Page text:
Assessment of the efficacy and safety of a new treatment for head lice
Type of Spiritual Experience
Carapa is a genus of flowering plants in the mahogany family, Meliaceae. These are trees up to 30 meters tall occurring in tropical South America, Central America, and Africa. Common names include andiroba and crabwood.The oil contained in the almond andiroba is light yellow and extremely bitter. When subjected to a temperature below 25 °C, it solidifies producing a consistency like that of petroleum jelly. The oil contains olein, palmitine and glycerin.
Andiroba oil is one of the most commonly sold medicinal oils in the Amazon. It is also used to repel mosquitoes by forming an oilseed cake into balls and burned, or mixed with annatto (Bixa orellana) and formed into a paste applied topically to protect the body from mosquito bites.
Andiroba oil is extracted from light brown seeds collected from beaches and rivers, where they float after being shed by the trees or from the forest ground.
A description of the experience
ISRN Dermatol. 2012;2012:460467. doi: 10.5402/2012/460467. Epub 2012 Oct 30. Assessment of the efficacy and safety of a new treatment for head lice. Mac-Mary S1, Messikh R, Jeudy A, Lihoreau T, Sainthillier JM, Gabard B, Schneider C, Auderset P, Humbert P. 1Skinexigence, Pavillon Sainte-Lucienne, Saint-Jacques University Hospital, 25030 Besançon, France.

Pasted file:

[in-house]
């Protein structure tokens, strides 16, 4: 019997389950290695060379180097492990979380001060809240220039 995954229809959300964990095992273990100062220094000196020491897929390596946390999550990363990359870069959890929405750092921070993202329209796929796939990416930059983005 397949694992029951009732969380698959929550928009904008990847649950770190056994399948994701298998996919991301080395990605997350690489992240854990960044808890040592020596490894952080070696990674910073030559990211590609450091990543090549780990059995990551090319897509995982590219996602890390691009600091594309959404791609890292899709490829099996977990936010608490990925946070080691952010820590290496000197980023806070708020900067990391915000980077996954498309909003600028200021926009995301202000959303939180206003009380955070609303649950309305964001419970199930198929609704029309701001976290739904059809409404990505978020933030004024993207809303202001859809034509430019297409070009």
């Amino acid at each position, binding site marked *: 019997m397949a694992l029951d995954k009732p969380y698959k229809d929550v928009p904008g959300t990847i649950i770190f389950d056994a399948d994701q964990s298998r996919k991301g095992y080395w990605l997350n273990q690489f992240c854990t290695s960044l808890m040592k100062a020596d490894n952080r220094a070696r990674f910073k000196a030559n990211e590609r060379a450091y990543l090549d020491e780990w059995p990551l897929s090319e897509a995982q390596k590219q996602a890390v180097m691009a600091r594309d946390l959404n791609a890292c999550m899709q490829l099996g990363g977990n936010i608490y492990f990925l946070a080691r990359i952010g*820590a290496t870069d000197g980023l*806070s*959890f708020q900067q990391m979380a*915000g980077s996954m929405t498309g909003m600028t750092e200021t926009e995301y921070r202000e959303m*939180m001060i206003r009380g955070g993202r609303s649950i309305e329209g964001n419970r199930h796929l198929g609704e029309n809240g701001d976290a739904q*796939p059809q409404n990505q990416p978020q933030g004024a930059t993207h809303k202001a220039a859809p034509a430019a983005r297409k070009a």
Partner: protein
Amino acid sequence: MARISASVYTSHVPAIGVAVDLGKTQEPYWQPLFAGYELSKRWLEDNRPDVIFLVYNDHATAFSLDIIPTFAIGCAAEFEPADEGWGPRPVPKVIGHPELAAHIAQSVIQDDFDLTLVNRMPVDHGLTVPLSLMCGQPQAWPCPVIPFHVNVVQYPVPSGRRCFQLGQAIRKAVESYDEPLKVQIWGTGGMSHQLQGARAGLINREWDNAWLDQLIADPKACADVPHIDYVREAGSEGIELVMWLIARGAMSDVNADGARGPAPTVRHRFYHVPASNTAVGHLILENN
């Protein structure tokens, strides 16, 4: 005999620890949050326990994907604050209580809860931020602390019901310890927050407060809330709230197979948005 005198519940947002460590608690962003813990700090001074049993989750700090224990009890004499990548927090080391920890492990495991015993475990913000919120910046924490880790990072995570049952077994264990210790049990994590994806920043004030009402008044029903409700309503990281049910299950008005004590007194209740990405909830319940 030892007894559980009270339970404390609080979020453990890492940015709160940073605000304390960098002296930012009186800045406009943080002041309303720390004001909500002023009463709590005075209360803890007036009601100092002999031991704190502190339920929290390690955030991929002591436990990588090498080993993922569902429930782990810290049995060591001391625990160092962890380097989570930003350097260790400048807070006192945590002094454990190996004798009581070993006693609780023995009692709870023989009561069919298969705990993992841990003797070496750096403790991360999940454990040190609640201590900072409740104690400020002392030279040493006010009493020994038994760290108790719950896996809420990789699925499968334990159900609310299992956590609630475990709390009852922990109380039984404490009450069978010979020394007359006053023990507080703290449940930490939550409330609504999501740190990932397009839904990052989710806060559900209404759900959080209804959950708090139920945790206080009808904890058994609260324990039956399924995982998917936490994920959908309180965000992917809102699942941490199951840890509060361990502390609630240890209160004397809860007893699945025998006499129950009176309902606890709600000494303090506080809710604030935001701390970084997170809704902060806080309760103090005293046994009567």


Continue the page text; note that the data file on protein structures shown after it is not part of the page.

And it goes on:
Infestation with head lice is a widespread, persistent, and recurring issue leading to serious health problems if untreated. We are facing resistance phenomena to usual pediculicides and questions about their direct or cumulative toxicity.
The aim of this trial was to assess the efficacy of a new product, free of chemical insecticides but with a physical effect. This product contains components whose antilice efficacy has already been demonstrated, as well as Andiroba oil which asphyxiates the lice and Quassia vinegar which dissolves the chitin of the nits (they are then inactivated).
30 patients with head lice infestation, aged 3-39 years, applied the treatment one to three times, 5 days apart. Cure was defined as the absence of live lice after 5, 10, or 14 days, and symptoms are usually associated with infestation.
Easiness and safety of the treatment were assessed by the patients and/or their parents.
Overall cure rates were 20% on D5 after one treatment, 37% on D10 after two treatments, and 90% on D14 after three treatments.
Symptoms such as itch, scalp dryness, redness, and flakiness rapidly diminished. This treatment seems to be a beneficial addition or a valuable alternative to existing treatments, considering the total absence of chemical insecticides, the absence of drug-resistance induction in head lice, the absence of major toxicological risks compared with usual pediculicides, and the favourable patient use instructions.